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MSI Z87 MPOWER Motherboard Review

Subject: Motherboards
Manufacturer: MSI

Benchmark Testing

Synthetic Benchmark Testing

SiSoft Sandra 2012

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The Sandra benchmarks are a fast and easy to determine how well the system's CPU and memory are functioning. The Z87 MPower board performs in-line with the other Intel Z87 based systems, illustrating that its CPU and memory subsystems are working optimally.

LinX

LinX is a graphical interface for CPU-based testing using the Intel Linpack benchmarks. It serves as a good indicator of proper system CPU functioning and is considered one of the most intensive CPU benchmarks currently available. LinX was run with Memory set to All and for a total of 3 runs. This test was repeated three times with the highest repeatable GFlops (Giga-Floating Point Operations Per Second) score recorded.

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This CPU torture test is good for proving out how well the CPU to motherboard interface is designed. The Z87 MPower's performance falls within expected thresholds, further proving the board's optimal working status.

Multimedia and System Benchmark Testing

Handbrake

Handbrake was used to convert an uncompressed version of the Iron Man Blu-ray movie in MKV format to a compressed 720P MP4 format. The Iron Man MKV file was ripped from the Blu-ray disc in the past with the file size for the uncompressed media coming in at 26 GB. Handbrake was run with default settings enforced with the exception of Anamorphic set to Loose and Video width set to 1280. This test was repeated three times with the lowest repeatable conversion time recorded.

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Video encoding is one of the more system intensive operations with good performance in the benchmark indicative of similar board performance. The Z87 MPower performs on par with the other Z87 systems here.

Maxon Cinebench 11.5

Maxon’s Cinebench 11.5 benchmark can be used determine a system's ability to render 3D content based on their Cinema 4D animation software. The CPU benchmark test was run three times, with the highest reproducible Cinebench points score recorded.

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Again, we see the Z87 MPower board easy keep up with the other Z87-based systems.

PCMark 7 Professional

Future Mark Corporation’s PCMark 7 can be used to reliably ascertain a given system’s performance in a Windows 7-based non-gaming type use environment. The professional version of the benchmark test was run three times, with the highest reproducible PCMark scores recorded.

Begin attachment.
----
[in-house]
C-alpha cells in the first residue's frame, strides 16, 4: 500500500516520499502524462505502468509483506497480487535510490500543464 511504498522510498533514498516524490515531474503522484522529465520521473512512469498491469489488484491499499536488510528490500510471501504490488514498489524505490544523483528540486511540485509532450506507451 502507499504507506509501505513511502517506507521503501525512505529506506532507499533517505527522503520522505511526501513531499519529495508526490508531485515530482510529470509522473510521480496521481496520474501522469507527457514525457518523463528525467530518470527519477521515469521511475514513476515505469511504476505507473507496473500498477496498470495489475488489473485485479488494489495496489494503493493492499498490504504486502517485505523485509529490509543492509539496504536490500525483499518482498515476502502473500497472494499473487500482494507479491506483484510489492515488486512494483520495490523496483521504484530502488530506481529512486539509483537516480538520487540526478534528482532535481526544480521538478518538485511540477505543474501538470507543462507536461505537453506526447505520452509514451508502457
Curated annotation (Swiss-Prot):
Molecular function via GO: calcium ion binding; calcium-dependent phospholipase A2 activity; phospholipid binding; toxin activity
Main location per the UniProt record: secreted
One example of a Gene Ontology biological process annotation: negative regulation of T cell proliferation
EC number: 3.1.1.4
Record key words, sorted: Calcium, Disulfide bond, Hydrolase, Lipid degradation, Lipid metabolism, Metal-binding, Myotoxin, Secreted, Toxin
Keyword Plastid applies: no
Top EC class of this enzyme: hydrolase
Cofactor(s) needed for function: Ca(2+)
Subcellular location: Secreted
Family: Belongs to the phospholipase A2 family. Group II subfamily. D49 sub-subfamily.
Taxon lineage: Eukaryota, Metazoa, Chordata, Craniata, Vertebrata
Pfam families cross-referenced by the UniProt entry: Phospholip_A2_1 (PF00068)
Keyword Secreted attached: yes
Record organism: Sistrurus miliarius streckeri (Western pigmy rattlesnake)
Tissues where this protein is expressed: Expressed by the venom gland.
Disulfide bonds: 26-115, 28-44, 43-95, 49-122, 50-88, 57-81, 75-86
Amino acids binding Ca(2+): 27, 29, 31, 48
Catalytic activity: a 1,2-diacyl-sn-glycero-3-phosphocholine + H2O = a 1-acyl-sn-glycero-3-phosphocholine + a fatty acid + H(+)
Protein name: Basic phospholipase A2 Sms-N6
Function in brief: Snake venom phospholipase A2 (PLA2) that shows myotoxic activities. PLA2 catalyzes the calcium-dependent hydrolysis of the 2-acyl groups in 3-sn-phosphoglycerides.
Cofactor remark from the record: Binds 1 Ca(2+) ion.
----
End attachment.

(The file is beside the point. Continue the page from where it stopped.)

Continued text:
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The Z87 MPower closes out the benchmark testing on a high note, taking the performance lead in this business application-centered benchmark.

July 5, 2013 | 12:13 PM - Posted by LochDhu (not verified)

The ALL NEW Z77. . .er, I mean Z87. . .

July 5, 2013 | 12:53 PM - Posted by mLocke

I find it somewhat odd that all these "gaming" motherboards come with extra SATA controllers slapped onto them for no apparent reason. No gamer would ever use more than 6 sata ports on their gaming rig, unless you're looking for a machine to pull the double duty of NAS and gaming rig. In which case, why are you torturing yourself running a NAS rig on Windows? Of course I'm making the assumption that all gamers are running Windows, but I feel that isn't too far fetched.

I would have thought that more minimalist boards would be up the alley of gamers; fewer chips on the the board, fewer useless things to disable in the BIOS, more dedication to boards surviving stressful conditions. Do Killer NICs even offer any performance benefits anymore when CPUs are never coming close to being fully utilized by video games? I can't help but think that all these checkbox features slapped onto mobos now does more harm than good for gamers. Seems more like a HTPC board than anything else.

July 5, 2013 | 02:42 PM - Posted by windwalker

They just add as much useless junk as possible for two reasons.
The first is that many gamers and power users are simply greedy about having much more generous feature sets and performance than they actually need.
Secondly, the OEMs can make more money by selling expensive over-engineered boards filled with bling.

Review sites play along by reviewing only the high end parts they receive for free from OEMs' marketing teams.

July 6, 2013 | 02:09 PM - Posted by Susudio (not verified)

Did killer nics ever provide much of a performance difference? My recollection is that their benefits were always dubious.

As for SATA connections, I don't see how 6 ports is too many. When i built my current rig (which is long in the tooth now), I had a Boot Drive, a data drive (because I always separate data from programs/OS) and a HD-DVD/BD/DVD(burner) drive. Later, I added a BD burner. That's 4 ports right there.